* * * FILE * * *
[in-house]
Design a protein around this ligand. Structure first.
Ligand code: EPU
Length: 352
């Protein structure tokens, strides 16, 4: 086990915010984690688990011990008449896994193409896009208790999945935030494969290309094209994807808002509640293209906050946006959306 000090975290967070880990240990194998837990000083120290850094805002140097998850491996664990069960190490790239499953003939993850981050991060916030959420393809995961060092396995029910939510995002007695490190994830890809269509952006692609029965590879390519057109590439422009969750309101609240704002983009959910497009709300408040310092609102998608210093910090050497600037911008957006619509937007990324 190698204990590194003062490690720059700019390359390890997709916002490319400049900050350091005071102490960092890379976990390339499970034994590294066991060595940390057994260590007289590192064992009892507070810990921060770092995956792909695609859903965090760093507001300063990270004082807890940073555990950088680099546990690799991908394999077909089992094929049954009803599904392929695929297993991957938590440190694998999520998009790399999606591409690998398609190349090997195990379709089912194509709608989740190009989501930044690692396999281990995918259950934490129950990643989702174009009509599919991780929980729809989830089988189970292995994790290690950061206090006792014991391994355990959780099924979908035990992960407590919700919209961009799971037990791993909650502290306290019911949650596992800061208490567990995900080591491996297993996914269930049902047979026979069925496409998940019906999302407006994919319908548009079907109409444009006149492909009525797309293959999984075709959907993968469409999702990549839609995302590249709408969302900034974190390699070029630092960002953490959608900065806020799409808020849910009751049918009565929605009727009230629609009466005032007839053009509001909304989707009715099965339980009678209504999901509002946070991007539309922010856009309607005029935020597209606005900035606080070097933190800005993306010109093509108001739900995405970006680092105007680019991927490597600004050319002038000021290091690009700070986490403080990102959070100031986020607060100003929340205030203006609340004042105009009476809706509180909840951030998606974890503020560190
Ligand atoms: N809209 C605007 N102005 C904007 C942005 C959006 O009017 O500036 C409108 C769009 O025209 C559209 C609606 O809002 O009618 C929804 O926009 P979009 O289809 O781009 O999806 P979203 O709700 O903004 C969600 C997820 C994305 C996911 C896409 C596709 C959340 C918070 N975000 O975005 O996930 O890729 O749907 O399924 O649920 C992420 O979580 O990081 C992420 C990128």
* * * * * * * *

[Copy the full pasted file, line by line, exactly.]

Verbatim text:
[in-house]
Design a protein around this ligand. Structure first.
Ligand code: EPU
Length: 352
């Protein structure tokens, strides 16, 4: 086990915010984690688990011990008449896994193409896009208790999945935030494969290309094209994807808002509640293209906050946006959306 000090975290967070880990240990194998837990000083120290850094805002140097998850491996664990069960190490790239499953003939993850981050991060916030959420393809995961060092396995029910939510995002007695490190994830890809269509952006692609029965590879390519057109590439422009969750309101609240704002983009959910497009709300408040310092609102998608210093910090050497600037911008957006619509937007990324 190698204990590194003062490690720059700019390359390890997709916002490319400049900050350091005071102490960092890379976990390339499970034994590294066991060595940390057994260590007289590192064992009892507070810990921060770092995956792909695609859903965090760093507001300063990270004082807890940073555990950088680099546990690799991908394999077909089992094929049954009803599904392929695929297993991957938590440190694998999520998009790399999606591409690998398609190349090997195990379709089912194509709608989740190009989501930044690692396999281990995918259950934490129950990643989702174009009509599919991780929980729809989830089988189970292995994790290690950061206090006792014991391994355990959780099924979908035990992960407590919700919209961009799971037990791993909650502290306290019911949650596992800061208490567990995900080591491996297993996914269930049902047979026979069925496409998940019906999302407006994919319908548009079907109409444009006149492909009525797309293959999984075709959907993968469409999702990549839609995302590249709408969302900034974190390699070029630092960002953490959608900065806020799409808020849910009751049918009565929605009727009230629609009466005032007839053009509001909304989707009715099965339980009678209504999901509002946070991007539309922010856009309607005029935020597209606005900035606080070097933190800005993306010109093509108001739900995405970006680092105007680019991927490597600004050319002038000021290091690009700070986490403080990102959070100031986020607060100003929340205030203006609340004042105009009476809706509180909840951030998606974890503020560190
Ligand atoms: N809209 C605007 N102005 C904007 C942005 C959006 O009017 O500036 C409108 C769009 O025209 C559209 C609606 O809002 O009618 C929804 O926009 P979009 O289809 O781009 O999806 P979203 O709700 O903004 C969600 C997820 C994305 C996911 C896409 C596709 C959340 C918070 N975000 O975005 O996930 O890729 O749907 O399924 O649920 C992420 O979580 O990081 C992420 C990128």